Two decades on, 'Angel Eyes' singer Raghav Mathur hopes for an 'impactful comeback' or he is going to 'die trying'

The Indian-Canadian singer shot to fame with his debut album in 2004


Husain Rizvi

Published: Tue 9 May 2023, 6:28 PM

Indian-Canadian singer Raghav Mathur has been a hit among music lovers ever since he released his first-ever album Storyteller in 2004. It features tracks like Let’s Work It Out, Can’t Get Enough, No No, and Bad, Bad, Bad are hugely popular and are a hit amongst fans to this day.

And how can we forget Angel Eyes? And his latest song Desperado, a comeback of sorts, is a collaboration with Tesher of Jalebi Baby fame. The song was recorded in Dubai.

Most of the tracks in Storyteller were co-written by Raghav’s friend Mushtaq, who now resides in Dubai. And Raghav, currently in the city, has reconnected with his friend and regularly drops into the studio for a jamming or recording session.

We caught up with Raghav during his visit to the Khaleej Times office and talked about his trip to Dubai, his latest collaboration with Tesher on Desperado, the trends on TikTok and Instagram Reels, and his nearly two-decade-long career.

You are a regular visitor in Dubai. What brings you to the city this time around?

A lot of tracks from my first album Storyteller are quite popular — Let’s Work It Out, Can’t Get Enough, No No, and Bad, Bad, Bad. Those are tracks that were co-written with my colleague and friend Mushtaq. He produced those songs and has since moved to Dubai. And when we reconnected a few years ago, the plan was that I would keep flying in to record. So actually Desperado was recorded here. And so now it’s whenever I’m in London or whenever I’m close, I try and get back in the studio with Mush (Mushtaq). So that’s what this trip was about. He sent me an idea for a song on Thursday. I was supposed to go back home to Canada, but he said, ‘No, you’re this close, you must come record it.’ So I’ve just been in the studio for the last couple of days, but with an added bit of motivation based on the feedback we’re getting on Desperado.

Your recent collaboration with Tesher, Desperado has been a hit among many music lovers. What was the best part about that team-up?

The friendship. I have a new song, a new record, but mainly, I have a new friendship. He’s like a little brother; Tesh and I grew up in pretty much the same part of Western Canada. And so there are many similarities between us, even though there’s some kind of generational gap between us. He’s got a similar sense of humour, he’s just a kind dude, who has put so much effort into this song.

You mentioned generational gap. So how did you work around that?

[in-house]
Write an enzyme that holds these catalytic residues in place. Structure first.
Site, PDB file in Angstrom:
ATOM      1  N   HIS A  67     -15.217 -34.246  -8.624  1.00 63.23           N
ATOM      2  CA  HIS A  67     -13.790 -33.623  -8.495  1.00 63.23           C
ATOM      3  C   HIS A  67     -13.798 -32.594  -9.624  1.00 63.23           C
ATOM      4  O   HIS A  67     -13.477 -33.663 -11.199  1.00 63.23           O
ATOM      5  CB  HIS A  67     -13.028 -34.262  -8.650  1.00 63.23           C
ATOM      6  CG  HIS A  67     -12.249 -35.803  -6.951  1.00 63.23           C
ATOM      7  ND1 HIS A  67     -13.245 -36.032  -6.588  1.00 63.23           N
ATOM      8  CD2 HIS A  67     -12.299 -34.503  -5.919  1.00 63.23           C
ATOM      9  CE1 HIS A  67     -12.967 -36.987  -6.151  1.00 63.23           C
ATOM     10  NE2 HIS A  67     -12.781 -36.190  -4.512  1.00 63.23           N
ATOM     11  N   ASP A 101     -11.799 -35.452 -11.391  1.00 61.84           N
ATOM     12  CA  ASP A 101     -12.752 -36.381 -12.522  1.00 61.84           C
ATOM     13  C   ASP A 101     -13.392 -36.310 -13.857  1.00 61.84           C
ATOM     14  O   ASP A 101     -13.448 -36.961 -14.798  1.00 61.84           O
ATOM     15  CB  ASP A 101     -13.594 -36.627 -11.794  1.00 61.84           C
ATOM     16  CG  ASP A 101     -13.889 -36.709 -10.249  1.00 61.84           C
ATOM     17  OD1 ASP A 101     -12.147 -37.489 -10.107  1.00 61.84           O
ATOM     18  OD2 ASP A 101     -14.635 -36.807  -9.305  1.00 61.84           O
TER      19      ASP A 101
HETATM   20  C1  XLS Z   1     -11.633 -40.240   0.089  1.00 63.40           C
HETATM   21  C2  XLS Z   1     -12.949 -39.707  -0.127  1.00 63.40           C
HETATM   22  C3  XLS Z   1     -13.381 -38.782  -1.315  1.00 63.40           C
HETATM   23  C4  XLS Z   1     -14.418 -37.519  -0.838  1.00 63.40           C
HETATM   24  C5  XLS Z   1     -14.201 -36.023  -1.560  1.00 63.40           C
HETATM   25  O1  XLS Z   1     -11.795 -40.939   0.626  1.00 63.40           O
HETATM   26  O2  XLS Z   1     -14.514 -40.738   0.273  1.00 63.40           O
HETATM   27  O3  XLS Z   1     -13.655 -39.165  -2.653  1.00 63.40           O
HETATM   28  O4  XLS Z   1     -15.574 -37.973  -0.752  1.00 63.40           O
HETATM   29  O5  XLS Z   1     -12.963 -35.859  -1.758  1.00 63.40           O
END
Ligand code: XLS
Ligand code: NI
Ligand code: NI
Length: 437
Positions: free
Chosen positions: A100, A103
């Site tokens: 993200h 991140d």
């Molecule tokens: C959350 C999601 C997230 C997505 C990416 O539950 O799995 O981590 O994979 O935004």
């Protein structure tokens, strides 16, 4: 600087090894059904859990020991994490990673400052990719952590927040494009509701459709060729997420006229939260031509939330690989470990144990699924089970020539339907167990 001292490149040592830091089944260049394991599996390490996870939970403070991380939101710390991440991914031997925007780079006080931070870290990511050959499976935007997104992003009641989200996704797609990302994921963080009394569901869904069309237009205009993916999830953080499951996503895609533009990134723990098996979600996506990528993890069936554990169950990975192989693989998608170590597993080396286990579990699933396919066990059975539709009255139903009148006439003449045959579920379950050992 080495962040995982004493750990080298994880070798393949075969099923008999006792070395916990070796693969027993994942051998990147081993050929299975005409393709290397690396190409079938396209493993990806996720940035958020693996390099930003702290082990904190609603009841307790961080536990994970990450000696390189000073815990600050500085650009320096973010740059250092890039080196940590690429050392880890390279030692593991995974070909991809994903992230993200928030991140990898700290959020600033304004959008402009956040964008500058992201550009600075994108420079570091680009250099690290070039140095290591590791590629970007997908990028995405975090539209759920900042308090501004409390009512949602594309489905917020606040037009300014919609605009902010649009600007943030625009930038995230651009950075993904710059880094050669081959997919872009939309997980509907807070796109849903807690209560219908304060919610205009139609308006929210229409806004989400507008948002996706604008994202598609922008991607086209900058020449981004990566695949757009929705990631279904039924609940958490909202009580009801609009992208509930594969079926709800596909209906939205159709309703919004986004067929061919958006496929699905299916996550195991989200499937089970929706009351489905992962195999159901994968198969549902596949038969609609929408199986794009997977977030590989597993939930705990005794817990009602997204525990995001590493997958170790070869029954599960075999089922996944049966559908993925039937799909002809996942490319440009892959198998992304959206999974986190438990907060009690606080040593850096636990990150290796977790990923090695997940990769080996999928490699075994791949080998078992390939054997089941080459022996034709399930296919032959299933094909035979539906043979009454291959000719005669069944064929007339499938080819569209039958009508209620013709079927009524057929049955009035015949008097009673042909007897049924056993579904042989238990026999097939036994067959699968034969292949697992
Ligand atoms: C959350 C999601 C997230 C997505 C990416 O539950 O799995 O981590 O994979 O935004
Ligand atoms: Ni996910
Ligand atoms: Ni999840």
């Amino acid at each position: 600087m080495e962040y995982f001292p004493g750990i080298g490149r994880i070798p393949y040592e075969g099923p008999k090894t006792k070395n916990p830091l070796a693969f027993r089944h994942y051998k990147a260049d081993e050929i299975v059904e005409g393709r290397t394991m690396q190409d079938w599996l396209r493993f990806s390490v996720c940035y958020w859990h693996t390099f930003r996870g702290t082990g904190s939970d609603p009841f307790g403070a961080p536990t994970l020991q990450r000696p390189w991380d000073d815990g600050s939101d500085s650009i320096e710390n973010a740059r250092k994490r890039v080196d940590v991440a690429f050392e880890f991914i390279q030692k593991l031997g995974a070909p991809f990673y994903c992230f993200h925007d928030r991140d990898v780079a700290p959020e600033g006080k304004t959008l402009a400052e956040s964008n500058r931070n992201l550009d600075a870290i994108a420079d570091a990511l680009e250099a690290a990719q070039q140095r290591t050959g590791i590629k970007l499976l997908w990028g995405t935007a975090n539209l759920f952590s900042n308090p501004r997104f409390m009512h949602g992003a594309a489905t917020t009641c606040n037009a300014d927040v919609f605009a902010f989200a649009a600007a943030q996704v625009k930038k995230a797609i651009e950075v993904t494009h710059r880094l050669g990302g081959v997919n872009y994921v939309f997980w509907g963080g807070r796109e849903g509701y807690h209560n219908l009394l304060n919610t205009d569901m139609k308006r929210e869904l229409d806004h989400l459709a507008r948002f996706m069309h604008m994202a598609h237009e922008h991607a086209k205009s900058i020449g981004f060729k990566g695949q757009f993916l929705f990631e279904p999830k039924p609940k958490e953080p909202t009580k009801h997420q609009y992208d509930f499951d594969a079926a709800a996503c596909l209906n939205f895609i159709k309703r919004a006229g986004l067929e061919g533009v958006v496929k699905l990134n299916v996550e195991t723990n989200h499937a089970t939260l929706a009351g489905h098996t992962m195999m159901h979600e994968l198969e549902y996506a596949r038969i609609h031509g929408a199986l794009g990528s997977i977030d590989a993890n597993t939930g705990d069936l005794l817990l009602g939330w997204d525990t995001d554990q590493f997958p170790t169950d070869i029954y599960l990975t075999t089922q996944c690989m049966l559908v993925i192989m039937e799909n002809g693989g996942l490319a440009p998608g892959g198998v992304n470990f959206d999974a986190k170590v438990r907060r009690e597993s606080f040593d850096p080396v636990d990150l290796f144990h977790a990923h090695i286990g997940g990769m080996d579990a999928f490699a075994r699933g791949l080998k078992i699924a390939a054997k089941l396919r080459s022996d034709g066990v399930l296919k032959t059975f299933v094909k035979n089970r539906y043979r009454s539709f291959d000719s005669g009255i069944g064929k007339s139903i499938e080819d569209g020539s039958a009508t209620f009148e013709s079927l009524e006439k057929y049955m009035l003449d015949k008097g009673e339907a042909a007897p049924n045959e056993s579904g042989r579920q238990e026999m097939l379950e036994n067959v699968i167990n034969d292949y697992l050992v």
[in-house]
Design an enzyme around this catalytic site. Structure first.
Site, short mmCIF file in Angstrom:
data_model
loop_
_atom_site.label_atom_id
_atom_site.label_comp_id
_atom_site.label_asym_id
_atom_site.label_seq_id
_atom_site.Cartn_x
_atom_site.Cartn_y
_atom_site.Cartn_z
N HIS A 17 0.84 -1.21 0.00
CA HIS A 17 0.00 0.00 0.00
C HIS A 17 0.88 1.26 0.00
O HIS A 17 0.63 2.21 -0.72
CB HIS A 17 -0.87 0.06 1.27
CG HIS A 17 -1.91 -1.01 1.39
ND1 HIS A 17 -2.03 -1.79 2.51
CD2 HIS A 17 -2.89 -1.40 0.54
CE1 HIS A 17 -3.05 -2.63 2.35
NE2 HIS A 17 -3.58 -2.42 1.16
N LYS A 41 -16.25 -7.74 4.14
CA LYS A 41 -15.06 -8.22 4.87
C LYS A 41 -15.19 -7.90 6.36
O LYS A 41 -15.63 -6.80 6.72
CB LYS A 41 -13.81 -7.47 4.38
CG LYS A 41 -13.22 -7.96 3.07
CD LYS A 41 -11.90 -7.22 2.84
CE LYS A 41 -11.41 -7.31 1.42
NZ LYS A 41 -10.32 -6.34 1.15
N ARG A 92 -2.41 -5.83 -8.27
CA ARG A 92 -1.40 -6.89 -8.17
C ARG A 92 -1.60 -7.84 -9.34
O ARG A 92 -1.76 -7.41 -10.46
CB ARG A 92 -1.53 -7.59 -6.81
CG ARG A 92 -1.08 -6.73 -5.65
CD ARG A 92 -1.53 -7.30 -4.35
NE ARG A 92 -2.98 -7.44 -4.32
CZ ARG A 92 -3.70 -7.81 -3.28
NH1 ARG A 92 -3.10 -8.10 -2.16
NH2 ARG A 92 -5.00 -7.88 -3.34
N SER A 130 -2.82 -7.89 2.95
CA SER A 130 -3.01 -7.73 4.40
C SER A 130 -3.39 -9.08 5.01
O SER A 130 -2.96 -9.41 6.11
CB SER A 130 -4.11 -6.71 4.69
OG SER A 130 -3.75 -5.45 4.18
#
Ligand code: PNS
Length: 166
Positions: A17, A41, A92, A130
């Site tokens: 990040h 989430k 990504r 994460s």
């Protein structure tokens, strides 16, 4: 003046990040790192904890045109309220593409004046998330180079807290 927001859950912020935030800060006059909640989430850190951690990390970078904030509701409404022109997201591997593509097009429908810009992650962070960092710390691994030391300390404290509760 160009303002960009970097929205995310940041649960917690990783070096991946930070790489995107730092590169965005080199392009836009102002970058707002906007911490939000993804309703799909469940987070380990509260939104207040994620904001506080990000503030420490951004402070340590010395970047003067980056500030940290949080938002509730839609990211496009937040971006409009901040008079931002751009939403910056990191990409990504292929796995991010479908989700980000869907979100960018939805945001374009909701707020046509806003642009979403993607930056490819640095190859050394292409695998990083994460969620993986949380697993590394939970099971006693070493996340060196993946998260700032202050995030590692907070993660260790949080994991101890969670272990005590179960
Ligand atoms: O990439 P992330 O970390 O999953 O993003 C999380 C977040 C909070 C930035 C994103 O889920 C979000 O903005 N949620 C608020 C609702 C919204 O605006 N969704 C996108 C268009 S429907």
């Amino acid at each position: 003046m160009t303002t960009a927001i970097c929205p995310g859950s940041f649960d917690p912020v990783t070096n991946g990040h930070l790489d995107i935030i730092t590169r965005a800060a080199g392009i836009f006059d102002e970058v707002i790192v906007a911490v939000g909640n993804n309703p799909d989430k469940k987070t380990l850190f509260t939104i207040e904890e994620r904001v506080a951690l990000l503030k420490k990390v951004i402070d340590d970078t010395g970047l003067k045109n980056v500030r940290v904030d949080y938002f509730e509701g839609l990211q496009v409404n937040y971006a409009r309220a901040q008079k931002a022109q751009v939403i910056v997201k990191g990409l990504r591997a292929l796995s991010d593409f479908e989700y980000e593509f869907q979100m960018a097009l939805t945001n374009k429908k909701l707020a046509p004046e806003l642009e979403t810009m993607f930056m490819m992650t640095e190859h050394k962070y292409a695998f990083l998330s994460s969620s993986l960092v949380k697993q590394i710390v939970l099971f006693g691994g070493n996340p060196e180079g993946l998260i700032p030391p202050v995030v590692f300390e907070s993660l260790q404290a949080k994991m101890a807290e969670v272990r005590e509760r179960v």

I think we can both teach each other things. Jalebi Baby blew up as a TikTok record, and until a couple of weeks ago, I wasn’t even on the platform. So stuff like that is kind of funny. But really, there are more similarities between us than differences based on anything in our lives — whether it’s our age, backgrounds or families. There’s quite a bit similar about us. I sort of see Jalebi Baby for him now, he is kind of going through what I felt after Angel Eyes almost 19 years ago. And so hopefully, I’ve given him some pearls of wisdom. And I can also tell you today, he too has given me many pearls of wisdom. He's a smart kid.

Today, several songs start trending on social media platforms like TikTok and Instagram Reels. But only bits of songs are used in those videos. Do you think this trend kills a song?

Well, in principle, I suppose when I first thought of it and saw it, I felt, well, this is like only one tenth of a record. I mean, it’s not really giving the art its due. Having said that, the direct correlation between when people hear something they like for 20 seconds to them having to make the effort to listen to the whole song or watch the whole video, the impact is substantial. And I felt it during Covid-19 when Angel Eyes was trending, and later when Desperado started to trend.

It has been nearly 20 years since your debut album Storyteller. Looking back, is there something you would have done differently?

Many things, but it’s easy to look back and say you might have done some things differently when you didn’t have the information on what was going to happen at the time. Would I have done things differently knowing how things would progress? Of course.

On that note, have you got any upcoming projects, singles or albums?

Absolutely. This time, I’m not coming back to go away. Like, I think you’ll hear stuff in the next 6-8 weeks consistently for the next eight months to a year. I’m going to give it all I have. And I really want this to be, though I sort of loathe the word, comeback (I’m using it myself all the time because I understand why people feel that way). I want this to be one of the most impactful comebacks in our music industry. And I’m either going to accomplish that or I’m going to die trying.

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